Lisa Cameron has described in detail her meeting with Rishi Sunak ahead of her defecting to the Conservatives from the SNP.

She said the Prime Minister was "very empathic" and they "gelled" over each having two daughters of similar ages.

In her first major interview, since months on from crossing the floor of the House of Commons, she also denied the Prime Minister promised to give her a seat in the Lords if she defected from the SNP to the Conservatives.

Dr Cameron made history last year when she became the first SNP MP to switch to the Conservatives and at the time there was some speculation that a deal over a peerage had been done.

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But the MP for East Kilbride, Strathaven and Lesmahagow, said no such offer had been made.

"I didn’t discuss anything about the Lords with the PM and I was not offered to go House of Lords to move party," Ms Cameron told The Herald.

The Herald: Politcal Correspondent Kathleen Nutt interviewing MP Dr Lisa Cameron. Photo: Colin Mearns/The Herald.

The full interview is being published in the Herald on Sunday tomorrow.

Ms Cameron was first elected to the Commons in May 2015 and was re-elected in 2017 and 2019.

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However, she began to become estranged from her party when she voted against extending the right to an abortion to Northern Ireland.

Ms Cameron, a senior psychologist before entering politics, said tensions increased further when she supported a young man who was sexually harassed by the party's former chief whip MP Patrick Grady.

Mr Grady was suspended from the Commons for two days in 2022 for inappropriate conduct towards a junior staffer.

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Ms Cameron described the cordial meeting with Mr Sunak which later led to her defecting to the Conservatives.

The MP insisted no offer of a peerage had been made by Mr Sunak in return for her changing party allegiances.

"That was not part of the discussion I had with the Prime Minister and it is not something I would expect at all," she said.

She said the meeting was arranged by a UK Conservative MP.

"The meeting with the Prime Minister took place in Parliament. It was to have a discussion about where I was at and what I might be thinking. At that point I was thinking of leaving the parliament," she said.

"The Prime Minister said I had done a lot of good work on disability issues. I felt he was very empathic. He was listening. He was interested in my family which no one had been particularly interested in before.

"He asked how my girls were. He has two girls of similar ages to mine. They are all into horse riding. There was just a kind of connection.

"The meeting lasted about 40 minutes. I discussed some of the issues I had [in the SNP]. I discussed that my husband was a councillor and a veteran and that veterans issues are important to me. We are basically an armed forces family.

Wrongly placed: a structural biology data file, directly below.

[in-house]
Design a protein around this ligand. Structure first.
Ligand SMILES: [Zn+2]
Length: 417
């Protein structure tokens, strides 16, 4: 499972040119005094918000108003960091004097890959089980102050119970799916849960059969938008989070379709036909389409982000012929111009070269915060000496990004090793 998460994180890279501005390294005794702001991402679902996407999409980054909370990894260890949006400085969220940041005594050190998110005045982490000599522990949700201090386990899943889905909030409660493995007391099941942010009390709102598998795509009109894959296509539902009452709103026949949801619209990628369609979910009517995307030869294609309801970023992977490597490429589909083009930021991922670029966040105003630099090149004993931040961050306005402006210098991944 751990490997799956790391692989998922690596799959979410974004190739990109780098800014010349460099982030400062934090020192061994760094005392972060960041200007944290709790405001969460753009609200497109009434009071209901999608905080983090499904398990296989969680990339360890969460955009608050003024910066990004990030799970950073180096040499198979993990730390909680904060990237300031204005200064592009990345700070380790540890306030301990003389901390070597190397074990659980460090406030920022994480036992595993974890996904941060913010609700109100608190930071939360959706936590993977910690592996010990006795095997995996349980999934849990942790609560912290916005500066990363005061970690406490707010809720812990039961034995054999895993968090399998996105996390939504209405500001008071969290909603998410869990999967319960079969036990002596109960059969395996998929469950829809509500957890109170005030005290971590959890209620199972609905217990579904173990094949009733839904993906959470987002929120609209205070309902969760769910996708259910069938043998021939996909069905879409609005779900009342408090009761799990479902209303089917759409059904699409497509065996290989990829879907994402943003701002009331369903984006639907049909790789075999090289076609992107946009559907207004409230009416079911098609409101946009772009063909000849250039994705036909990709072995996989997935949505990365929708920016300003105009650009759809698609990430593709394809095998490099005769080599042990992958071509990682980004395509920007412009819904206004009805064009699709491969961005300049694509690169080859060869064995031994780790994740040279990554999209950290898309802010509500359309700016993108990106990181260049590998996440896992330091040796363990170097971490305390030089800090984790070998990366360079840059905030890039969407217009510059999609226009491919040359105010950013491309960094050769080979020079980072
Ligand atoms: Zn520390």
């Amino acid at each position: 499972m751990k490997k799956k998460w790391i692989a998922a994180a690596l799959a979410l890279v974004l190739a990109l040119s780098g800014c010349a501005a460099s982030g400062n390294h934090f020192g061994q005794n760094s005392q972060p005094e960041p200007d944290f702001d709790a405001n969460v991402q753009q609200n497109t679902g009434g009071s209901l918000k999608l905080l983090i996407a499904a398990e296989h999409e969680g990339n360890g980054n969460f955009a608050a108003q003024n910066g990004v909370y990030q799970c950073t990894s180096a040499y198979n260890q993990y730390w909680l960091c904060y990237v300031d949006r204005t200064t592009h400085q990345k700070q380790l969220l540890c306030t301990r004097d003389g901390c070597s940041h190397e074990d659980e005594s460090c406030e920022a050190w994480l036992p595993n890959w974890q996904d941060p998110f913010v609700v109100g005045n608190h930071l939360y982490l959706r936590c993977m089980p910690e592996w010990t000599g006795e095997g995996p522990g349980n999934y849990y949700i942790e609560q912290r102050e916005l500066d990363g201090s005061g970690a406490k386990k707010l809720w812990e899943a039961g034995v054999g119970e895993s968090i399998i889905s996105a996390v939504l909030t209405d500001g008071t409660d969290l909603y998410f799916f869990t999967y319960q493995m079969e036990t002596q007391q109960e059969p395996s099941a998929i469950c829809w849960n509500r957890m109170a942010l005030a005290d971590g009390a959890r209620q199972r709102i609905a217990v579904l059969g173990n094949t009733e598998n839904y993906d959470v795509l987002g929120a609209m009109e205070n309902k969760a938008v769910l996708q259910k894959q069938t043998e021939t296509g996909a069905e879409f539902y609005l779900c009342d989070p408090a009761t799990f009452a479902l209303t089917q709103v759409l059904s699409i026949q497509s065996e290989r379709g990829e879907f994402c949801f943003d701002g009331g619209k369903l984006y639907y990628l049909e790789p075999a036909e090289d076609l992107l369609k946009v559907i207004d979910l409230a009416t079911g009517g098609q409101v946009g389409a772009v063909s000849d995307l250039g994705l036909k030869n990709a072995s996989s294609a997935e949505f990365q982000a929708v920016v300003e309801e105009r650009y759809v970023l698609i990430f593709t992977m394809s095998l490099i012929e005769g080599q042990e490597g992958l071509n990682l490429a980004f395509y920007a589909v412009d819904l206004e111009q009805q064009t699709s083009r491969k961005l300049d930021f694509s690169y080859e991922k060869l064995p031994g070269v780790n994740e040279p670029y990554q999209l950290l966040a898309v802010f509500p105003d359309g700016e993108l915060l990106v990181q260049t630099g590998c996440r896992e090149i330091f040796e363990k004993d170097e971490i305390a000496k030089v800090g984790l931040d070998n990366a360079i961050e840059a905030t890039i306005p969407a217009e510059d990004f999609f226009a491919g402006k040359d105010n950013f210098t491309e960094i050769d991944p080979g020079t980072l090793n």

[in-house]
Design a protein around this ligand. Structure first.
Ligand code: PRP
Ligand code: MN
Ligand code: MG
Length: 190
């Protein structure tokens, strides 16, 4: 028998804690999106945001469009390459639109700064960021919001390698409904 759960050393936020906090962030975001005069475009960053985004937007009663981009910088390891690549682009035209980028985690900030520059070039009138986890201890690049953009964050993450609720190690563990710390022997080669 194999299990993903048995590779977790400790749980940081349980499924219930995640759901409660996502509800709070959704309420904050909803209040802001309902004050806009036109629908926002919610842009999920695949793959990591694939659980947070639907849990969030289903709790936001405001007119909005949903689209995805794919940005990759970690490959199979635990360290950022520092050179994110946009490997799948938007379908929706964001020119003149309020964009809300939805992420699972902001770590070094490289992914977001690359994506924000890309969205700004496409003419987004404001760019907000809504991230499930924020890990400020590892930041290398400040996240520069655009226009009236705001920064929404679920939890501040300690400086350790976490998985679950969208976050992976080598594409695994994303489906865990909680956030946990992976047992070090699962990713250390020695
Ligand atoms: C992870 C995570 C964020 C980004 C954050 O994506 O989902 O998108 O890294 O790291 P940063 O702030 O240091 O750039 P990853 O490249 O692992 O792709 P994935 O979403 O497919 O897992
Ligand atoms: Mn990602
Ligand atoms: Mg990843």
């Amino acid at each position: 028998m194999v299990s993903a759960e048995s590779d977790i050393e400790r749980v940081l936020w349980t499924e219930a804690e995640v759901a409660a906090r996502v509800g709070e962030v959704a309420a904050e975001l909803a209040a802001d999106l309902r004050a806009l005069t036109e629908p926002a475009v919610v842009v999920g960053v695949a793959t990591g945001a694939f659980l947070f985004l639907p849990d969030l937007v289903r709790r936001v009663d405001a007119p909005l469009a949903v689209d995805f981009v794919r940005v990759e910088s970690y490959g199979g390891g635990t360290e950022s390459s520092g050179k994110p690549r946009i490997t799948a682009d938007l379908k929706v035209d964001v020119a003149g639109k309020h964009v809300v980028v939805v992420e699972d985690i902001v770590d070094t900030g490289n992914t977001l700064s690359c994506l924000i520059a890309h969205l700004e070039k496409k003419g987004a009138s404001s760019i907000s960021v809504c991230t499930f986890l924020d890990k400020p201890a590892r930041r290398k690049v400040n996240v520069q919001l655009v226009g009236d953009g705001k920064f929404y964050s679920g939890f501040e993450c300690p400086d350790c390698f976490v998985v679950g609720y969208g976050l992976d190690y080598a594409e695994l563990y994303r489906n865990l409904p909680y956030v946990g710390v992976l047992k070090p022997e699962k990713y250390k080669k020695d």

"I talked about being a Christian in parliament. I spoke about what I hoped to do in parliament which was really not to focus on constitutional issues which divide families and divide the country."

Ms Cameron also talked to the Prime Minister about work she was doing to support people with disabilities into employment and said Mr Sunak was supportive.

"He said he really valued that and would want me to continue working on it," she said.

"And that was the first time I had felt valued for work I had done. We just kind of gelled because we both have daughters."

The Herald asked about how she would feel standing down as an MP at the general election and about her career as a parliamentarian coming to an end.

She said: "I am not a career politician. I am happy enough to continue my health work. I have a profession which I came from which I can go back to.

"So I am not someone who thinks 'woe is me, I can't be an MP'. I have other things that I am trained to do, where I can help people.

"It was very fulfilling for me before. I don't see why it wouldn't be again."

She said after the general election, which is expected later this year, she expected to return to the NHS where she worked as a senior clinical psychologist before her career in politics.

"I am an NHS worker from Scotland, that's where my heart lies, and that is my expectation," she said.

The Herald on Sunday asked what Ms Cameron would do if she was offered a seat in the Lords and if she hoped for one.

She said: "I don't think I would expect to be offered that to be quite frank. My move [to the Conservatives] is more about finding a settled politics for the final year in the parliament. I can do something of use and not focus on all the fractiousness with the SNP."

Pressed if she has been given any "nudges or winks" about a seat in the Lords she said: "No. From my background, I just couldn't imagine that."

Read the full interview with Lisa Cameron in the Herald on Sunday tomorrow.